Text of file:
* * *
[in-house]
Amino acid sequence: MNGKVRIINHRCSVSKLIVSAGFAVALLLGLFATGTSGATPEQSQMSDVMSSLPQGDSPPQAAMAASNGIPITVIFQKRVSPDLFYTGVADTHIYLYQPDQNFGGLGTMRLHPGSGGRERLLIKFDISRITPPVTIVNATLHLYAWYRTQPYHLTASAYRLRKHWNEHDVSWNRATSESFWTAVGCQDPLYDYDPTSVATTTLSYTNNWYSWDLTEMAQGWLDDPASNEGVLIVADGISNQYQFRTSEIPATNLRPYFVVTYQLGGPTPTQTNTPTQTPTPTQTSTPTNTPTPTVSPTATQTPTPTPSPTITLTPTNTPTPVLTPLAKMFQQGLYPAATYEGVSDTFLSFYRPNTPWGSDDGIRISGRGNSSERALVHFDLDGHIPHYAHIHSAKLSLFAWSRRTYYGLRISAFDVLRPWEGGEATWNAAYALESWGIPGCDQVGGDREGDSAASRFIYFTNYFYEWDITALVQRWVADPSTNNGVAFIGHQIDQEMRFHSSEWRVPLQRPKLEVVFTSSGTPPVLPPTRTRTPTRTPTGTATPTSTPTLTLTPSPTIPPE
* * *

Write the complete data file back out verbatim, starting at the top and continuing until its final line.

[in-house]
Amino acid sequence: MNGKVRIINHRCSVSKLIVSAGFAVALLLGLFATGTSGATPEQSQMSDVMSSLPQGDSPPQAAMAASNGIPITVIFQKRVSPDLFYTGVADTHIYLYQPDQNFGGLGTMRLHPGSGGRERLLIKFDISRITPPVTIVNATLHLYAWYRTQPYHLTASAYRLRKHWNEHDVSWNRATSESFWTAVGCQDPLYDYDPTSVATTTLSYTNNWYSWDLTEMAQGWLDDPASNEGVLIVADGISNQYQFRTSEIPATNLRPYFVVTYQLGGPTPTQTNTPTQTPTPTQTSTPTNTPTPTVSPTATQTPTPTPSPTITLTPTNTPTPVLTPLAKMFQQGLYPAATYEGVSDTFLSFYRPNTPWGSDDGIRISGRGNSSERALVHFDLDGHIPHYAHIHSAKLSLFAWSRRTYYGLRISAFDVLRPWEGGEATWNAAYALESWGIPGCDQVGGDREGDSAASRFIYFTNYFYEWDITALVQRWVADPSTNNGVAFIGHQIDQEMRFHSSEWRVPLQRPKLEVVFTSSGTPPVLPPTRTRTPTRTPTGTATPTSTPTLTLTPSPTIPPE